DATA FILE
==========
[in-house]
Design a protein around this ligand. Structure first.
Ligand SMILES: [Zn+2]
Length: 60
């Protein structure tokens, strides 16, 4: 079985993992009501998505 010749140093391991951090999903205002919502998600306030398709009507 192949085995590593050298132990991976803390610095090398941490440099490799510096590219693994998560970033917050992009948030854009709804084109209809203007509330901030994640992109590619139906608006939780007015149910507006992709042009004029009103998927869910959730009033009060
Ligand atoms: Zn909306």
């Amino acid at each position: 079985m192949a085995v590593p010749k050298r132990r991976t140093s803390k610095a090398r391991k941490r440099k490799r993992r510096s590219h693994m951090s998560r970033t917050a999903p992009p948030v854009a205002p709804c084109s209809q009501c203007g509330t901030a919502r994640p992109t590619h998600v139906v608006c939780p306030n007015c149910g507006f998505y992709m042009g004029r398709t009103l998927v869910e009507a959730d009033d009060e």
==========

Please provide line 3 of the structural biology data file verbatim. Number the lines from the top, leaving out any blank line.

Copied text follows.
Ligand SMILES: [Zn+2]